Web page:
He features famo music star, Mahlanya from Seakhi group on the album. Mahlanya’s genre of music is not rap but u’a koetetsa (the Sesotho expression for famo poetry eloquence).
The song featuring Mahlanya is titled ‘Rebellious’ in English but it is wholly sung in Sesotho.
“The message behind the song is about unity and making sure that Basotho realise the quality of music they have. So featuring Mahlanya, just like any other artist, was a way to acknowledge him and to show him that he is recognised.”
Obbs is calling for all music artistes to unite and come up with a working strategy to beat piracy, which he says is wreaking havoc in the industry.
“I honestly don’t get the need of being famous and broke,” he opined.
Obbs believes that listening to a whole range of creatives and quality music by great musicians helps him improve as an individual.
“On my recent album Moea, the most important thing there is the sound, not only the debates of rap,” he says, responding to critics who say that musical instruments dominate the vocals too much.
He advises young aspiring musos not to be discouraged when they encounter problems but work hard “because we live in a depressing era”.
“Don’t lose yourself in the process of competition to avoid what we’re currently dealing with, which is depression. They should love themselves and be kind to themselves more than anything,” he says.
Tšepe, his band, has grown in leaps and bounds since 2016 when they released a gem of Extended Play (EP) titled Keteu.
It is this seven-track EP that he featured well-known artistes such as Zwake.
On top of that, in 2018 he released a self-titled album, Kommanda Obbs. It is a masterpiece of 13 tracks and he featured Bhudaza Mapefane on a song titled Pina and Eme, a famous Nigerian singer, on ‘Hurray’.
Obbs does not see himself retiring from the music industry one day.
“I will die singing, just like Tšepo Tshola.”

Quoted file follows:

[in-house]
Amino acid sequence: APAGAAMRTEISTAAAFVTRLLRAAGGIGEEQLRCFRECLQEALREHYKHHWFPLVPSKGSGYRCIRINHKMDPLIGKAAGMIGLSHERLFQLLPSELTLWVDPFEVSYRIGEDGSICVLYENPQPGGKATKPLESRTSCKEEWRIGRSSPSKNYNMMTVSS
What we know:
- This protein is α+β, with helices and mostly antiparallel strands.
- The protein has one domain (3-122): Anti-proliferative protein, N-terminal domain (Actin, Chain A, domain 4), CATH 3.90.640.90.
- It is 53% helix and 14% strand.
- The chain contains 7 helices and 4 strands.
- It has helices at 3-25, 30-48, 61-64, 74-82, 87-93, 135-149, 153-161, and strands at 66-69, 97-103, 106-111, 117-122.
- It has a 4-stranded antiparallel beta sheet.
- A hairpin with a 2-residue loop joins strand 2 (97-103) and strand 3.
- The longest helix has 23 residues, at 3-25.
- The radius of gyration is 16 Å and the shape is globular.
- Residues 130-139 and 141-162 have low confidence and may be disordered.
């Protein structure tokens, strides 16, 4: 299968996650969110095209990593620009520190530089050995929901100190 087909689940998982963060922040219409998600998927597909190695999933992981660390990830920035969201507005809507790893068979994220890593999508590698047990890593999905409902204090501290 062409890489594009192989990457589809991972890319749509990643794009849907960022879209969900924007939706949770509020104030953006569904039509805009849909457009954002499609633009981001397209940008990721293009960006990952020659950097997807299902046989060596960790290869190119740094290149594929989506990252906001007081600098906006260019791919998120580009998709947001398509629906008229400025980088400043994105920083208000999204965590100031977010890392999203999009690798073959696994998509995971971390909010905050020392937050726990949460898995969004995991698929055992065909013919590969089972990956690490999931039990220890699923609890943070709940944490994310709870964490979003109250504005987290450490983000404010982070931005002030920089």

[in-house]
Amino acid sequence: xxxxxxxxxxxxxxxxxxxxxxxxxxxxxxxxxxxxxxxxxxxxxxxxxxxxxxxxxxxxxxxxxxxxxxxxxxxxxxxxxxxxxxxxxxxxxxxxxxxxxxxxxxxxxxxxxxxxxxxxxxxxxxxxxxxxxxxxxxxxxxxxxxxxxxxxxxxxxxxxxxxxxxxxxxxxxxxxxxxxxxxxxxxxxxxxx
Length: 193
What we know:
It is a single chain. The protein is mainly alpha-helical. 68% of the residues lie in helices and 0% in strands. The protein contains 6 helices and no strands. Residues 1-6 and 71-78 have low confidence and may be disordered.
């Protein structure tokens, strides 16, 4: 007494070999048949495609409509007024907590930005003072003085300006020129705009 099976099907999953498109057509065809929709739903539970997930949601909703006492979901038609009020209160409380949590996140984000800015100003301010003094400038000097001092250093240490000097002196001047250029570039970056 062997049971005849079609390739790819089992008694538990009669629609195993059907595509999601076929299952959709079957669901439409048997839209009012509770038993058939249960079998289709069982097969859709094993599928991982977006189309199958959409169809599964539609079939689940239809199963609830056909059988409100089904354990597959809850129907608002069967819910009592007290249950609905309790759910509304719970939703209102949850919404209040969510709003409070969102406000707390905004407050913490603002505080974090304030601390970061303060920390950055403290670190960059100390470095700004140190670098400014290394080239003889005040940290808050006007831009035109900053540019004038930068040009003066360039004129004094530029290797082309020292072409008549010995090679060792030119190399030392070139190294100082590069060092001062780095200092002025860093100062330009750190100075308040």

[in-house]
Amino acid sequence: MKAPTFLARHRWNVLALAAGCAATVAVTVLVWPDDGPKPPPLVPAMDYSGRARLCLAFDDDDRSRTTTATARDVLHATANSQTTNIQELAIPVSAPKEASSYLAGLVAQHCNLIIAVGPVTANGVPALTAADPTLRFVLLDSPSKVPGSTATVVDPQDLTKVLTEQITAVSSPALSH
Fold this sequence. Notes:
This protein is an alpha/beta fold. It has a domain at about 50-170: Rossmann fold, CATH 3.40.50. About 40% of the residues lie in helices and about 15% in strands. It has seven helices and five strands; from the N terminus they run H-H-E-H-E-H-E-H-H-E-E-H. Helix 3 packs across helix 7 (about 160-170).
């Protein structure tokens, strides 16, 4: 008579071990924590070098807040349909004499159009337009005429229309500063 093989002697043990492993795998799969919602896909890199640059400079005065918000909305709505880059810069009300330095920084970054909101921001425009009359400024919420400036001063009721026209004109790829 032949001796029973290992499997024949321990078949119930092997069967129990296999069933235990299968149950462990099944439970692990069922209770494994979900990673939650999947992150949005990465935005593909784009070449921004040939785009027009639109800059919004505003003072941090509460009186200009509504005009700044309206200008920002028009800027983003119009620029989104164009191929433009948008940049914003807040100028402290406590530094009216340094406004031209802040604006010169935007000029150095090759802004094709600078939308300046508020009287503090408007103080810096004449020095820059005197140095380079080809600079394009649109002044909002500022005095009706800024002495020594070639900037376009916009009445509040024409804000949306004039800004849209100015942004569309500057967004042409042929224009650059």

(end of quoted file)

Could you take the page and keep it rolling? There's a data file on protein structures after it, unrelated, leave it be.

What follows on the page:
He added: “I want to be remembered as someone who is unapologetic about representing who I am regardless of circumstances and options. I want to be remembered for wanting to protect my culture.”

Mpolai Makhetha

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[BREAKING NEWS] Lebona sets curfew



MASERU– In an effort to curb the rampant increase of homicides in Lesotho, the Minister of Police Lebona Lephema has announced a 10:00pm-4:00am curfew, effective Tuesday May 16, 2023. Failure to comply with the curfew attracts a 2 years imprisonment or a fine.

Staff Reporter

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Two nurses deleted for misconduct



MASERU – A Kolonyama midwife, ’Mamalibeng Ralenkoane, who allegedly neglected a woman during labour has been deleted from the nurses’ register for the next six months.

The woman went on to deliver her baby by herself without professional assistance.

In another case the secretary-general of the Lesotho Nursing Council (LNC), ’Mamonica Makhoswonke Mokhesi, has also been deleted for violating a patient’s privacy.

The LNC’s disciplinary chairman, Advocate Rapapa Sepiriti, said Ralenkoane had committed an act of serious misconduct and deserved severe punishment.

Advocate Sepiriti ruled that Ralenkoane “should not be seen anywhere attending (to) patients”.

Ralenkoane was working as a midwife at the Little Flower Health Centre in Kolonyama, Leribe, when ’Mateboho Letlala was admitted there for labour in August 2020.

Letlala told the panel that Ralenkoane took her to the examination room and later left her despite that there were signs that she could give birth anytime.

“At 19:00 pm Ralenkoane examined the patient but left her unattended and the patient had to deliver on her own,” Advocate Sepiriti said in his verdict.

“Clearly the blame has to be put at the door of Ralenkoane,” he said.

Adv. Sepiriti ruled that she should be deleted with immediate effect for 12 months, half of which was suspended.

“During these six months period, Ralenkoane is prohibited in any way from attending patients and this judgment should be delivered at her place of work,” he said.

Letlala in her testimony said by the time Ralenkoane arrived, she was already having severe labour pains and was told to go to the labour ward for assessment.

She said when she stepped down the labour bed Ralenkoane said to her: “Ua seke ua tatela ho hema empa molomo oa popelo o buleile ka 3cm’ (meaning she seemed to be in a hurry yet the cervix had opened by 3cm only).

“I was so surprised because I could feel I was very close to delivering because this was my second child and I could say I have experience,” she said.

She said she told the nurse that she needed to use the toilet but was instructed to use a pan instead.

“As she left me on the bed pan I could not stand from the pan as the pains were severe. I called for help but to no avail,” she said.

She said the moment she got energy to stand from the bed pan she saw blood, she called her but there was no response.

“Ralenkoane promised to come after two hours but there were no instructions on what to do in case I needed help prior to two hours,” she said.

“I wheeled myself to the bed and sat on it, still calling to no avail.”